on Romans 12 :12
Rejoicing in hope - Of that glory of God that to each faithful follower of Christ shall shortly be revealed.
Patient in tribulation - Remembering that what you suffer as Christians you suffer for Christ's sake; and it is to his honor, and the honor of your Christian profession, that you suffer it with an even mind.
Continuing instant in prayer - Προσκαρτερουντες· Making the most fervent and intense application to the throne of grace for the light and power of the Holy Spirit; without which you can neither abhor evil, do good, love the brethren, entertain a comfortable hope, nor bear up patiently under the tribulations and ills of life.
on Romans 12 :12
Rejoicing in hope - That is, in the hope of eternal life and glory which the gospel produces; see the notes at Romans 5:2-3.
Patient in tribulation - In affliction patiently enduring all that maybe appointed. Christians may be enabled to do this by the sustaining influence of their hope of future glory; of being admitted to that world where there shall be no more death, and where all tears shall be wiped away from their eyes, Revelation 21:4; Revelation 7:17; compare James 1:4. See the influence of hope in sustaining us in affliction more fully considered in the notes at Romans 8:18-28.
Continuing instant in prayer - That is, be persevering in prayer; see Colossians 4:2; see the notes at Luke 18:1. The meaning of this direction is, that in order to discharge aright the duties of the Christian life, and especially to maintain a joyful hope, and to be sustained in the midst of afflictions, it is necessary to cherish a spirit of prayer, and to live near to God. How often a Christian should pray, the Scriptures do not inform us. Of David we are told that he prayed seven times a day Psalm 119:164; of Daniel, that he was accustomed to pray three times a day Daniel 6:10; of our Saviour we have repeated instances of his praying mentioned; and the same of the apostles. The following rules, perhaps, may guide us in this.
(1) every Christian should have some time allotted for this service, and some place where he may be alone with God.
(2) it is not easy, perhaps not possible, to maintain a life of piety without regular habits of secret devotion.
(3) the morning, when we have experienced God's protecting care, when the mind is fresh, and the thoughts are as yet clear and unoccupied with the world, when we go forth to the duties, trials, and temptations of the day; and the evening, when we have again experienced his goodness, and are about to commit ourselves to his protecting care, and when we need his pardoning mercy for the errors and follies of the day, seem to be times which commend themselves to all as appropriate seasons for private devotion.
(4) every person will also find other times when private prayer will be needful, and when he will be inclined to it. In affliction, in perplexity, in moments of despondency, in danger, and want, and disappointment, and in the loss of friends, we shall feel the propriety of drawing near to God, and of pouring out the heart before him.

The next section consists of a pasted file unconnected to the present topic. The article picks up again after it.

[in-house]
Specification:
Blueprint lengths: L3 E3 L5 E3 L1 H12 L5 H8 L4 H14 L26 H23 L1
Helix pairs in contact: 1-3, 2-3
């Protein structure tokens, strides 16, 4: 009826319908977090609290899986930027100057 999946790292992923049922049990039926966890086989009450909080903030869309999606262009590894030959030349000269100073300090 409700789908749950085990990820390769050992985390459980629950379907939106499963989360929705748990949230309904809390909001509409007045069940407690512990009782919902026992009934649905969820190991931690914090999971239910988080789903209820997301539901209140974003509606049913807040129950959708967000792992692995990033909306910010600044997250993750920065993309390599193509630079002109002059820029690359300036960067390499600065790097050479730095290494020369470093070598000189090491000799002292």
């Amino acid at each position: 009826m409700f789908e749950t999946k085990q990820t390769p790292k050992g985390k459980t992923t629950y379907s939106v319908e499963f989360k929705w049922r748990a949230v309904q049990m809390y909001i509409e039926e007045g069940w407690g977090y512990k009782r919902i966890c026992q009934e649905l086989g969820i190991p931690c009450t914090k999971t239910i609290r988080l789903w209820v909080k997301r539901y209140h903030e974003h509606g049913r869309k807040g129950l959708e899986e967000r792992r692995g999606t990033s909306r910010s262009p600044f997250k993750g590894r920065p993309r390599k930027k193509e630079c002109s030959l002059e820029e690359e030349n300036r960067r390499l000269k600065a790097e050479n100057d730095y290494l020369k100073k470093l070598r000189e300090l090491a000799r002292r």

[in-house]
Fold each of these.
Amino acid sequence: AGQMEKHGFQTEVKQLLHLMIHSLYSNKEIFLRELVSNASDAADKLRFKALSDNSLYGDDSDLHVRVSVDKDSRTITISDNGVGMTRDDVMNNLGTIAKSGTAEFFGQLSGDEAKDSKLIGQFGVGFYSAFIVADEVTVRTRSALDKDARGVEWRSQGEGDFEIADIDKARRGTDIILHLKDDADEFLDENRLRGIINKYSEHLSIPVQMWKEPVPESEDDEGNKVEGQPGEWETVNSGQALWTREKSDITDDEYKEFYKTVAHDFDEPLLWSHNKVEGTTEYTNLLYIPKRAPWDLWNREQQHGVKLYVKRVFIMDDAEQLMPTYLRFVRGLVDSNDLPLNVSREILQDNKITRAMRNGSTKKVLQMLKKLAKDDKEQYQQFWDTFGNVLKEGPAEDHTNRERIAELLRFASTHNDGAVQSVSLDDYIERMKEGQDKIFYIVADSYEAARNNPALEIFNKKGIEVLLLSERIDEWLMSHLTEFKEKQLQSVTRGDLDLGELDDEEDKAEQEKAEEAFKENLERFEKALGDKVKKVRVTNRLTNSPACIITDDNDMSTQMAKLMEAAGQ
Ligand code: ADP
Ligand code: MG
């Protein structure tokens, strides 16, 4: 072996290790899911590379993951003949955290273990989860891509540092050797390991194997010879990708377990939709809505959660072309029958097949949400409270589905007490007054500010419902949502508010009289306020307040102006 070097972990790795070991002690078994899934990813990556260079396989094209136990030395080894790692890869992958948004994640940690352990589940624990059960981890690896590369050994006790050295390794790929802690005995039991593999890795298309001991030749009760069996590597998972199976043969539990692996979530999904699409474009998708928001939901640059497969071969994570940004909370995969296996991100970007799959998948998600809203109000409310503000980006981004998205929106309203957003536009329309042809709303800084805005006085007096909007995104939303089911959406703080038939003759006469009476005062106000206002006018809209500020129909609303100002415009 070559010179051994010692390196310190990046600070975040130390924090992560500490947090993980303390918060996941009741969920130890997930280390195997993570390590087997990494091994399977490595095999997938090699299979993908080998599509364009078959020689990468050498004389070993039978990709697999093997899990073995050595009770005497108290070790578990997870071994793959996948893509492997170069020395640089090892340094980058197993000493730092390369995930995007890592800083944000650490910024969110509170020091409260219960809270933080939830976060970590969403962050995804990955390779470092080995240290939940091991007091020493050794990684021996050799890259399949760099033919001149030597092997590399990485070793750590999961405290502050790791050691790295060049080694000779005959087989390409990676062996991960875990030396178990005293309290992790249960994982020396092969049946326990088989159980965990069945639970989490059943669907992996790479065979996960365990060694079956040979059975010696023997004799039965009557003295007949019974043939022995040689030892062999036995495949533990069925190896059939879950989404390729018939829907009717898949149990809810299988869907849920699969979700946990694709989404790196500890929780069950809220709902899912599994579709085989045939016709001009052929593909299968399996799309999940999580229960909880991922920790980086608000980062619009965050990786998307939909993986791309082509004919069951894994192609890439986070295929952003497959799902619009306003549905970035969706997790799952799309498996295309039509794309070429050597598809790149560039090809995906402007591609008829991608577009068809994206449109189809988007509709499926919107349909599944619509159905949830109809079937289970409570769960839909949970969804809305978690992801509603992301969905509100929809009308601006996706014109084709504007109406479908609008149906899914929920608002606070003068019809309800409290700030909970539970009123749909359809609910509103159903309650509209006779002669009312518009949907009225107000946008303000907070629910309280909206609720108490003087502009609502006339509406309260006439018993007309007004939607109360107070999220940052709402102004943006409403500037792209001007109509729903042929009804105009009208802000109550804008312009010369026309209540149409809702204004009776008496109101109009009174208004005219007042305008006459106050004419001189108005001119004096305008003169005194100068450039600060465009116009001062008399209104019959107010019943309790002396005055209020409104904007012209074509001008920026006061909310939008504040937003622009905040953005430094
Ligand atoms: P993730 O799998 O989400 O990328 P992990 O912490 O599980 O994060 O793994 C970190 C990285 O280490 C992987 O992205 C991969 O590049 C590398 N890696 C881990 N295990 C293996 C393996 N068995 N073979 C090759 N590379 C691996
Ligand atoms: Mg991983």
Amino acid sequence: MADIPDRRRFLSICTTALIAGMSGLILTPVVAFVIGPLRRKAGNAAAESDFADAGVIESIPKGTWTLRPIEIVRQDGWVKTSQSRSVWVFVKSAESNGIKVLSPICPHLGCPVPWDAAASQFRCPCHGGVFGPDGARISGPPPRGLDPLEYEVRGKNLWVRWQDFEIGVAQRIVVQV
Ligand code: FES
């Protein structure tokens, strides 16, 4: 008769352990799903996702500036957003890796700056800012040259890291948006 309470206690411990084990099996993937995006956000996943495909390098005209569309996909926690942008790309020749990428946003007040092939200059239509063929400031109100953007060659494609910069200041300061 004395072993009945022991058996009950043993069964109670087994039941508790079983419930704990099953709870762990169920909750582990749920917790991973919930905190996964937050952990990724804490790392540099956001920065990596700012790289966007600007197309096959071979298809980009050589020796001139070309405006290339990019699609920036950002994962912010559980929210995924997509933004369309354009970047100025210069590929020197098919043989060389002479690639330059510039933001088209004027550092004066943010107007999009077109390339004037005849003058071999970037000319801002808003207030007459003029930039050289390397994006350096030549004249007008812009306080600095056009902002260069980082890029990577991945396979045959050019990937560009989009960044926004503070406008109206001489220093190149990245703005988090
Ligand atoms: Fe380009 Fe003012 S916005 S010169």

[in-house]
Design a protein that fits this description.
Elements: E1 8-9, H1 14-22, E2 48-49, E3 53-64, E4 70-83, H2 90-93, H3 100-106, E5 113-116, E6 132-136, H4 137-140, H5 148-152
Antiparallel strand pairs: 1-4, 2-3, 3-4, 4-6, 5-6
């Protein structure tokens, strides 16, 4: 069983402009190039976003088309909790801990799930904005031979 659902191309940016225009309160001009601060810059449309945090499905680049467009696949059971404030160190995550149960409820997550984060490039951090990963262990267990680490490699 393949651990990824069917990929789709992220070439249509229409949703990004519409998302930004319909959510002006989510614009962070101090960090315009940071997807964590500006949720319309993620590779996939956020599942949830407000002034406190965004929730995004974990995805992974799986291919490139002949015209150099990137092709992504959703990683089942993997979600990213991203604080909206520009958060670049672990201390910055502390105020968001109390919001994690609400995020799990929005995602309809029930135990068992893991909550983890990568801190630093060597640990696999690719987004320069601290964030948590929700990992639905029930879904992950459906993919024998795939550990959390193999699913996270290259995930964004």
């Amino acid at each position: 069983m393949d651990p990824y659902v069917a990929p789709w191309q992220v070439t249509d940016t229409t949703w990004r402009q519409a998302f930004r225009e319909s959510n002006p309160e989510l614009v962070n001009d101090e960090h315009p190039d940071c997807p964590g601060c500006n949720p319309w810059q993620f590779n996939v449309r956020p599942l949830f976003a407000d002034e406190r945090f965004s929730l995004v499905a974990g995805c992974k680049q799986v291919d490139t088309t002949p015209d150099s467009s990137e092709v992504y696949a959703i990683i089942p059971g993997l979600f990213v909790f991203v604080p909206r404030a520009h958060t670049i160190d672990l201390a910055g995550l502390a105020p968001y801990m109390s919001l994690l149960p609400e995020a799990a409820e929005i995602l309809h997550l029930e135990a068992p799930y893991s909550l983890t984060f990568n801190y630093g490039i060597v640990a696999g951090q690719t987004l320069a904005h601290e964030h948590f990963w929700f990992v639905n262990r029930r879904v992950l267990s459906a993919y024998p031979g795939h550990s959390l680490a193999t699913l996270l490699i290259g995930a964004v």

(5) besides this, every Christian is probably conscious of times when he feels especially inclined to pray; he feels just like praying; he has a spirit of supplication; and nothing but prayer will meet the instinctive desires of his bosom. We are often conscious of an earnest desire to see and converse with an absent friend, to have communion with those we love; and we value such fellowship as among the happiest moments of life. So with the Christian. He may have an earnest desire to have communion with God; his heart pants for it; and he cannot resist the propensity to seek him, and pour out his desires before him. Compare the feelings expressed by David in Psalm 42:1-2, "As the hart panteth after the water-brooks, so panteth my soul after thee O God. My soul thirsteth for God for the living God; when shall I come and appear before God;" compare Psalm 63:1. Such seasons should be improved; they are the "spring times" of our piety; and we should expand every sail, that we may be "filled with all the fullness of God." They are happy, blessed moments of our life; and then devotion is sweetest and most pure; and then the soul knows what it is to have fellowship with the Father and with his Son Jesus Christ, 1 John 1:3.
(6) in addition to all this, Christians may be in the habit of praying to God without the formality of retirement, God locks upon the heart; and the heart may pour forth its secret desires to Him even when in business, when conversing with a friend, when walking, when alone, and when in society. Thus, the Christian may live a life of prayer; and it shall be one of the characteristics of his life that he prays! By this he shall be known; and in this he shall learn the way to possess peace in religion:
"In every joy that crowns my days,
In every pain Ibear.
My heart shall find delight in praise,
Or seek relief in prayer.
on Romans 12 :12
12:12 Rejoicing in hope - Of perfect holiness and everlasting happiness. Hitherto of faith and love; now of hope also, see the fifth and eighth chapter s; afterwards of duties toward others; saints, Ro 12:13 persecutors, Ro 12:14 friends, strangers, enemies, Ro 12:15, and c.